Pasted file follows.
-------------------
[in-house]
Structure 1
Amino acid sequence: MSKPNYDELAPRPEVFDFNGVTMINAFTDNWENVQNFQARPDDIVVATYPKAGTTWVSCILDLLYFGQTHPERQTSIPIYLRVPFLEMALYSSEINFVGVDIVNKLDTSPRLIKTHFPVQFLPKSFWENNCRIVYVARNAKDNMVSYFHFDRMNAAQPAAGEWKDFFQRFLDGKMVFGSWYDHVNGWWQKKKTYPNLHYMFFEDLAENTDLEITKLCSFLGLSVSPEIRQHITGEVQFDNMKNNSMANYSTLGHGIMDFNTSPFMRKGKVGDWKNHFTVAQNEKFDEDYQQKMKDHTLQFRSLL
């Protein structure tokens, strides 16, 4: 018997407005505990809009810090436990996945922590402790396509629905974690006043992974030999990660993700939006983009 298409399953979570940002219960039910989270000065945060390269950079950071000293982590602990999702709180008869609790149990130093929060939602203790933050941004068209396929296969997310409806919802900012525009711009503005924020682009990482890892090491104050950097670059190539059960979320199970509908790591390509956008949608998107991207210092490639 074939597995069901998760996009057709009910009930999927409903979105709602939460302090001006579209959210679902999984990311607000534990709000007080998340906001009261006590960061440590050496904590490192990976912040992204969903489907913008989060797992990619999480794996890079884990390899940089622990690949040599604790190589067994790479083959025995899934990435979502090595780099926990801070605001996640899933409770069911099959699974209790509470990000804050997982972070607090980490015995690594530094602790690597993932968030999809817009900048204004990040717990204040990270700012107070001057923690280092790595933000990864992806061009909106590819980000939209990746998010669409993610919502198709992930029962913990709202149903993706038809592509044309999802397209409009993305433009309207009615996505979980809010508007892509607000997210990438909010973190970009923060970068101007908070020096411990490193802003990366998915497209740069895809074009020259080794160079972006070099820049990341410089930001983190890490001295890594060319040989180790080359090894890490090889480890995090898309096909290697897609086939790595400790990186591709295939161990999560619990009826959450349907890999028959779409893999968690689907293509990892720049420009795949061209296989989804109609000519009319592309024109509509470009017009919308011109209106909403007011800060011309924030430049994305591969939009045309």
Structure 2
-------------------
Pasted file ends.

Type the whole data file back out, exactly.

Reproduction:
[in-house]
Structure 1
Amino acid sequence: MSKPNYDELAPRPEVFDFNGVTMINAFTDNWENVQNFQARPDDIVVATYPKAGTTWVSCILDLLYFGQTHPERQTSIPIYLRVPFLEMALYSSEINFVGVDIVNKLDTSPRLIKTHFPVQFLPKSFWENNCRIVYVARNAKDNMVSYFHFDRMNAAQPAAGEWKDFFQRFLDGKMVFGSWYDHVNGWWQKKKTYPNLHYMFFEDLAENTDLEITKLCSFLGLSVSPEIRQHITGEVQFDNMKNNSMANYSTLGHGIMDFNTSPFMRKGKVGDWKNHFTVAQNEKFDEDYQQKMKDHTLQFRSLL
């Protein structure tokens, strides 16, 4: 018997407005505990809009810090436990996945922590402790396509629905974690006043992974030999990660993700939006983009 298409399953979570940002219960039910989270000065945060390269950079950071000293982590602990999702709180008869609790149990130093929060939602203790933050941004068209396929296969997310409806919802900012525009711009503005924020682009990482890892090491104050950097670059190539059960979320199970509908790591390509956008949608998107991207210092490639 074939597995069901998760996009057709009910009930999927409903979105709602939460302090001006579209959210679902999984990311607000534990709000007080998340906001009261006590960061440590050496904590490192990976912040992204969903489907913008989060797992990619999480794996890079884990390899940089622990690949040599604790190589067994790479083959025995899934990435979502090595780099926990801070605001996640899933409770069911099959699974209790509470990000804050997982972070607090980490015995690594530094602790690597993932968030999809817009900048204004990040717990204040990270700012107070001057923690280092790595933000990864992806061009909106590819980000939209990746998010669409993610919502198709992930029962913990709202149903993706038809592509044309999802397209409009993305433009309207009615996505979980809010508007892509607000997210990438909010973190970009923060970068101007908070020096411990490193802003990366998915497209740069895809074009020259080794160079972006070099820049990341410089930001983190890490001295890594060319040989180790080359090894890490090889480890995090898309096909290697897609086939790595400790990186591709295939161990999560619990009826959450349907890999028959779409893999968690689907293509990892720049420009795949061209296989989804109609000519009319592309024109509509470009017009919308011109209106909403007011800060011309924030430049994305591969939009045309």
Structure 2